See also Hirsch v. Patton, 49 Tex.Civ. App. 499, 108 S.W. 1015 (no writ history); Brewer v. Cochran 45 Tex.Civ.App. 179, 99 S.W. 1033, loc. cit. 1035 (writ denied); Note to 6 A.L.R., p. 1437; Bendy v. W. T. Carter & Bros., Tex.Com.App., 269 S.W. 1037, loc. cit. 1038, 1039; Bruni v. Vidaurri, 140 Tex. 138, 166 S.W.2d 81, loc. cit. 90 (14), (15, 16); 17 Tex.Jur., p. 719, "Evidence-Civil Cases", Sec. 308; Idem, Sec. 287, p. 675 et seq.

We think under all the facts and circumstances of this cause that the trial court was justified in concluding that there had been a dedication of this property as a public street.

Also we think the trial court was justified in rendering judgment for the petitioners upon a prescriptive right to use the land in question as a public street or roadway.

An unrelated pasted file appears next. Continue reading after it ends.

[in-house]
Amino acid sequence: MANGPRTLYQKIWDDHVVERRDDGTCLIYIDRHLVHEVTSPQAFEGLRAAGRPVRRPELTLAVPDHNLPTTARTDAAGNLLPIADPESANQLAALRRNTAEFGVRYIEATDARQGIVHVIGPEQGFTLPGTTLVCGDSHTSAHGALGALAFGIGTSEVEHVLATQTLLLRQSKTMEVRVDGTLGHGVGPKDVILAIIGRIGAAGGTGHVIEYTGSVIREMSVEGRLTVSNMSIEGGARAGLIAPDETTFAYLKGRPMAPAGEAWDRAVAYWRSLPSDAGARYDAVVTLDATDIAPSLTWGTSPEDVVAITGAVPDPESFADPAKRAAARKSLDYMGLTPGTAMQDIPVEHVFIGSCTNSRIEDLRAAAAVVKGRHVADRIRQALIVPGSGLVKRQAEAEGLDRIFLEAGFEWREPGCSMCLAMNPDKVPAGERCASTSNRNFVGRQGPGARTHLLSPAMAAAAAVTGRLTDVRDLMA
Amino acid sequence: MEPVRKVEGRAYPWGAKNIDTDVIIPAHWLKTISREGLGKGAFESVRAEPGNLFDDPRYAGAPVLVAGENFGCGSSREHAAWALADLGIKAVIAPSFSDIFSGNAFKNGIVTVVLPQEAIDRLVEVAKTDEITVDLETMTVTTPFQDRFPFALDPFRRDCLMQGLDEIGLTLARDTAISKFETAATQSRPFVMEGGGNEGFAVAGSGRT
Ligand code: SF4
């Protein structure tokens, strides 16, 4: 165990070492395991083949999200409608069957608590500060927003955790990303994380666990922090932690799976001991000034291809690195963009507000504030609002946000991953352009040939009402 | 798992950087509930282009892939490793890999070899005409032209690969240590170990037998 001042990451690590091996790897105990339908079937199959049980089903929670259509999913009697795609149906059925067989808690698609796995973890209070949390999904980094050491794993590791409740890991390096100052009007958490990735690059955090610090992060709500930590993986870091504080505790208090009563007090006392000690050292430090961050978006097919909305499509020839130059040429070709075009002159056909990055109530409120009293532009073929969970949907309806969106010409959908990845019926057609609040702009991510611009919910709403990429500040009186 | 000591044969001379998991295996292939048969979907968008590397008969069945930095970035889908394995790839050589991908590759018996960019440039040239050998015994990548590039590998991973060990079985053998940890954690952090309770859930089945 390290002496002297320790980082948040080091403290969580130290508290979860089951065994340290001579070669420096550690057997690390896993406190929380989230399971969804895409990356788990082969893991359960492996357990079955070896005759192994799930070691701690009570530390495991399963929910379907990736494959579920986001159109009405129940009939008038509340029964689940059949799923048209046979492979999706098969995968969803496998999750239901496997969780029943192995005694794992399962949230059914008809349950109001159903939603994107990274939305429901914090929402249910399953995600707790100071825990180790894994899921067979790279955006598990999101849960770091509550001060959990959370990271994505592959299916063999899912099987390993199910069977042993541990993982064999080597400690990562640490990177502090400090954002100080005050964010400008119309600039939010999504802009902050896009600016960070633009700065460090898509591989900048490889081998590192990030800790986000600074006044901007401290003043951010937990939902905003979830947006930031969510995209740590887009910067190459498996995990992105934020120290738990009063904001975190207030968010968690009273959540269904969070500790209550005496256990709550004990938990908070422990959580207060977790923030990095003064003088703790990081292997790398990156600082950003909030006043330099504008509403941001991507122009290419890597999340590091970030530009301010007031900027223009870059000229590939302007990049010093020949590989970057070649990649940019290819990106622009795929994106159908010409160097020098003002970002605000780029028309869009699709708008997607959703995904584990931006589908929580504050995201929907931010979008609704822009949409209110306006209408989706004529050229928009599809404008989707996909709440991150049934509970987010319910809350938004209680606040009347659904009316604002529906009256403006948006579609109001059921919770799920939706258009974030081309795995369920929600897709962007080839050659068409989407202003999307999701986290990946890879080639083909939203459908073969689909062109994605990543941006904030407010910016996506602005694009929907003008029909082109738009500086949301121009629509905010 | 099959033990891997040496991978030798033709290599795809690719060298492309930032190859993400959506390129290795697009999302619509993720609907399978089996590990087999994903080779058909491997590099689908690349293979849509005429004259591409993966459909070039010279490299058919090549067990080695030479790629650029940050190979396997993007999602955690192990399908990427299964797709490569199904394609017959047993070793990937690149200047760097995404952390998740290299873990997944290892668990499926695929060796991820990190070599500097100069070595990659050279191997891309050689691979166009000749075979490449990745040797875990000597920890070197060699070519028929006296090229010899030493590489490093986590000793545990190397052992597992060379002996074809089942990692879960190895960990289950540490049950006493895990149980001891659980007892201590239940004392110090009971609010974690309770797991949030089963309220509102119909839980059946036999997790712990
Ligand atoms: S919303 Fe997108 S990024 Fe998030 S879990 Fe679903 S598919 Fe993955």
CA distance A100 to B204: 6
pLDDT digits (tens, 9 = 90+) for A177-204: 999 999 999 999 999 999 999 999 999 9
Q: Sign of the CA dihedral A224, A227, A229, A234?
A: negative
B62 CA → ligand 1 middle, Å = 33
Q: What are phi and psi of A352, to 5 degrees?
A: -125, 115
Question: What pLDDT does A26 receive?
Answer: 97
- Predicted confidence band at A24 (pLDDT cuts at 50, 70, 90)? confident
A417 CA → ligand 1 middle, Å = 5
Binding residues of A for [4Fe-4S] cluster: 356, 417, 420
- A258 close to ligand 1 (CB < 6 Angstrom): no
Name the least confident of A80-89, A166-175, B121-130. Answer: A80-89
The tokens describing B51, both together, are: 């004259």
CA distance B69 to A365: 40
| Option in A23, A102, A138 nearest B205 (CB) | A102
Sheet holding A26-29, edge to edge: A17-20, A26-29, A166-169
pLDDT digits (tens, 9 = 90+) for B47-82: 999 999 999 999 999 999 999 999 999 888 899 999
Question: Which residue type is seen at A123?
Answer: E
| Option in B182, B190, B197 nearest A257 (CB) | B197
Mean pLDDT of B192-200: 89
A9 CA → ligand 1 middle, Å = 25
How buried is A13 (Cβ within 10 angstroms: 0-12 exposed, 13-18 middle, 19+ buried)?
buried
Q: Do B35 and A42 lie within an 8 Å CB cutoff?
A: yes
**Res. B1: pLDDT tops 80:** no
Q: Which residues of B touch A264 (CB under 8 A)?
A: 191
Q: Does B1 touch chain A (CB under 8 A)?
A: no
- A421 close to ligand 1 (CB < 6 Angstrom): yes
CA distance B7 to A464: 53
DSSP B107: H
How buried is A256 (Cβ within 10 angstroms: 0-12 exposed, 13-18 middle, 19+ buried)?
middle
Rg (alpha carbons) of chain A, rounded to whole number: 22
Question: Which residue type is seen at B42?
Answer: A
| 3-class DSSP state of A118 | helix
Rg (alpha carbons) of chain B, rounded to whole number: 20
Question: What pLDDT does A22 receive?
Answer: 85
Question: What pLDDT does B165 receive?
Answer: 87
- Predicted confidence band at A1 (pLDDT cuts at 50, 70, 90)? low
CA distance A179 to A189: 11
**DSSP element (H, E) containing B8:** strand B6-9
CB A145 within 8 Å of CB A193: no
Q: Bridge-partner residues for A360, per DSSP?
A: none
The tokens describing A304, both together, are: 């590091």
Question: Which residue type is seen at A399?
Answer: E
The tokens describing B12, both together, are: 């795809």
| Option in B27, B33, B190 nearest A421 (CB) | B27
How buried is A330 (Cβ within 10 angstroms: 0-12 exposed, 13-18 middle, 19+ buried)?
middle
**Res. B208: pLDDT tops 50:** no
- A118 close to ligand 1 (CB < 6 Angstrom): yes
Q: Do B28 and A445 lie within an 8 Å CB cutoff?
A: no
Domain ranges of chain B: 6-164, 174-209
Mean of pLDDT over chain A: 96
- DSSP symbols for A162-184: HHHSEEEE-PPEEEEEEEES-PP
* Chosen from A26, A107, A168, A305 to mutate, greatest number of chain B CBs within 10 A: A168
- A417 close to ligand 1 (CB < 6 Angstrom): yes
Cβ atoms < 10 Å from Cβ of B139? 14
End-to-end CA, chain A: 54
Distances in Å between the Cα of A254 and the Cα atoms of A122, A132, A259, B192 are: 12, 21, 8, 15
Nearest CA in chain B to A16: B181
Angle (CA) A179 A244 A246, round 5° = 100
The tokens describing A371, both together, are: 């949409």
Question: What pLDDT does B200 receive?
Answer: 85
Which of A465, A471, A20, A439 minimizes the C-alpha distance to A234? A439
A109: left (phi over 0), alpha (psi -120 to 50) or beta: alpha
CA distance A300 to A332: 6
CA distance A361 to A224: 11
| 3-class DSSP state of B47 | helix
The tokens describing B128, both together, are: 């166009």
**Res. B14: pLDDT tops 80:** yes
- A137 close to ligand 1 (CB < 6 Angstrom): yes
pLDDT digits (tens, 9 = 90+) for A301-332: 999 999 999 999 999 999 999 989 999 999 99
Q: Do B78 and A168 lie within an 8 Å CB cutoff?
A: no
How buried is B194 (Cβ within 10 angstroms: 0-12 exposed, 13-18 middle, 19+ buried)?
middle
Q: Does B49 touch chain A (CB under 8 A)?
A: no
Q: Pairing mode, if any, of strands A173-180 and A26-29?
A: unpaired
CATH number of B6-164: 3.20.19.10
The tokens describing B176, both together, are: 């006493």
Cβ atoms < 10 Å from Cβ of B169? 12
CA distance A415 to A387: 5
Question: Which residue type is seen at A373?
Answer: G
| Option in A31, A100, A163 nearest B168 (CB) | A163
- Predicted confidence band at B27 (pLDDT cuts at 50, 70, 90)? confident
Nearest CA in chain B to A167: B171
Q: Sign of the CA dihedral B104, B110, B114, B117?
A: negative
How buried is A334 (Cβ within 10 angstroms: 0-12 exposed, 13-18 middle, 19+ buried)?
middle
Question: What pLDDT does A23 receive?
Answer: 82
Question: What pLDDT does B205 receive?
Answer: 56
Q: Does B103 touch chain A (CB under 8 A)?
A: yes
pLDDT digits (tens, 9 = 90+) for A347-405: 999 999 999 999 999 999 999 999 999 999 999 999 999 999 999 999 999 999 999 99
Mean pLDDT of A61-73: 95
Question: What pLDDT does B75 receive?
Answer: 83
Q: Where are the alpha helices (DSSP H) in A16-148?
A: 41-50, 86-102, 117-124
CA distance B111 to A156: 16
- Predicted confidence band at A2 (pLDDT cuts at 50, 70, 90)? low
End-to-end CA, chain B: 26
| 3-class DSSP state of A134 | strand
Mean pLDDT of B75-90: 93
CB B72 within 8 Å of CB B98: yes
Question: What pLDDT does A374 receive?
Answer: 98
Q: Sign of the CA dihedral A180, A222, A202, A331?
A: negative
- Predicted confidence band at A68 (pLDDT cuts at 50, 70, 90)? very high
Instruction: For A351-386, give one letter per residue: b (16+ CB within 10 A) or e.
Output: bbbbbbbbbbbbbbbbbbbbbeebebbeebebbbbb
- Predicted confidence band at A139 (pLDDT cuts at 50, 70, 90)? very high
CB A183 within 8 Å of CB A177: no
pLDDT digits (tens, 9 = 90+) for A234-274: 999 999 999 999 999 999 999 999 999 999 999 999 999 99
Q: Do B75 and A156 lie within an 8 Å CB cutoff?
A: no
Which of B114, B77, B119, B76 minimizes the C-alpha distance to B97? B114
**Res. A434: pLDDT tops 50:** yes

The case of Ladies' Benev. Soc. v. Magnolia Cemetery Co., Tex.Com. App., 288 S.W. 812, 815, states the law as to prescriptive rights to be: "We come now to notice the contention of the plaintiff to the effect that the roadway in question is shown to be a public way by prescription. In order to establish a right of way by prescription, it is necessary to show that an uninterrupted user of the way has been made by the public, under an adverse claim of right, for the statutory period of limitation. This adverse claim of right may be proved by circumstantial evidence, sufficient to sustain the conclusion, but it must, nevertheless, be proved in some way by legal evidence, else the alleged prescriptive right fails. The use of lands of another by the public as a roadway, with the acquiescence of the landowner, will not ripen into a prescriptive right, no matter what period of time such use may continue, unless the evidence shows, circumstantially or otherwise, that the use was by claim of right adverse to the landowner, of which adverse claim the latter has notice. Cockrell v. City of Dallas (Tex.Civ.App.) 111 S.W. [977] 978; West v. City of Houston (Tex.Civ.App.) 163 S.W. [679] 680; Cunningham v. San Saba County, 1 Tex.Civ.App. 480, 20 S.W. 941; De George v. Goosby, 33 Tex.Civ.App. *615 187, 76 S.W. 66; [Gulf, C. & S. F.] Railway v. Montgomery, 85 Tex. [64] 67, 19 S.W. 1015; Gilder v. City of Brenham, 67 Tex. 345, 3 S.W. 309; 14 Cyc. pp. 1148, 1151. We think that the evidence here fails to raise an issue of fact as to the existence of a public right of way over the land in dispute by prescription."